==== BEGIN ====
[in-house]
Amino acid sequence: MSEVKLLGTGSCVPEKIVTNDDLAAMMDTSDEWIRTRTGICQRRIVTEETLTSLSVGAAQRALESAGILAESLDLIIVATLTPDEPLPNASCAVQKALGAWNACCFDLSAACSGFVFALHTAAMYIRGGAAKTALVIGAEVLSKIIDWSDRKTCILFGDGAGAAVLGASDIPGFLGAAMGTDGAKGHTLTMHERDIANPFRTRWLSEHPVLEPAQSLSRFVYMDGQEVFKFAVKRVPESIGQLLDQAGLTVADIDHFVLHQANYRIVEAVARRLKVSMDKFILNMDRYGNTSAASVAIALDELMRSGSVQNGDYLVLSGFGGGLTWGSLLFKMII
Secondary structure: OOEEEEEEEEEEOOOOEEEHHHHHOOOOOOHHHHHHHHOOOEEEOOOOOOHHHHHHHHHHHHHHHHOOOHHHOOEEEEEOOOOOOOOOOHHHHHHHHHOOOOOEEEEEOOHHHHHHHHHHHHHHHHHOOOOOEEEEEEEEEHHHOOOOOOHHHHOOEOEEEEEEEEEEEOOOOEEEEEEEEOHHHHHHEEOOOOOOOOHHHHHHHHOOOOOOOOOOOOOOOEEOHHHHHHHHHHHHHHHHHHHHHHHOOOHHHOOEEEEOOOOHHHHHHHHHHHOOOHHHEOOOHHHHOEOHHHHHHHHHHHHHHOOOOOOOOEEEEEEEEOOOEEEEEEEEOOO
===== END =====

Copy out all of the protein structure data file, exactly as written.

[in-house]
Amino acid sequence: MSEVKLLGTGSCVPEKIVTNDDLAAMMDTSDEWIRTRTGICQRRIVTEETLTSLSVGAAQRALESAGILAESLDLIIVATLTPDEPLPNASCAVQKALGAWNACCFDLSAACSGFVFALHTAAMYIRGGAAKTALVIGAEVLSKIIDWSDRKTCILFGDGAGAAVLGASDIPGFLGAAMGTDGAKGHTLTMHERDIANPFRTRWLSEHPVLEPAQSLSRFVYMDGQEVFKFAVKRVPESIGQLLDQAGLTVADIDHFVLHQANYRIVEAVARRLKVSMDKFILNMDRYGNTSAASVAIALDELMRSGSVQNGDYLVLSGFGGGLTWGSLLFKMII
Secondary structure: OOEEEEEEEEEEOOOOEEEHHHHHOOOOOOHHHHHHHHOOOEEEOOOOOOHHHHHHHHHHHHHHHHOOOHHHOOEEEEEOOOOOOOOOOHHHHHHHHHOOOOOEEEEEOOHHHHHHHHHHHHHHHHHOOOOOEEEEEEEEEHHHOOOOOOHHHHOOEOEEEEEEEEEEEOOOOEEEEEEEEOHHHHHHEEOOOOOOOOHHHHHHHHOOOOOOOOOOOOOOOEEOHHHHHHHHHHHHHHHHHHHHHHHOOOHHHOOEEEEOOOOHHHHHHHHHHHOOOHHHEOOOHHHHOEOHHHHHHHHHHHHHHOOOOOOOOEEEEEEEEOOOEEEEEEEEOOO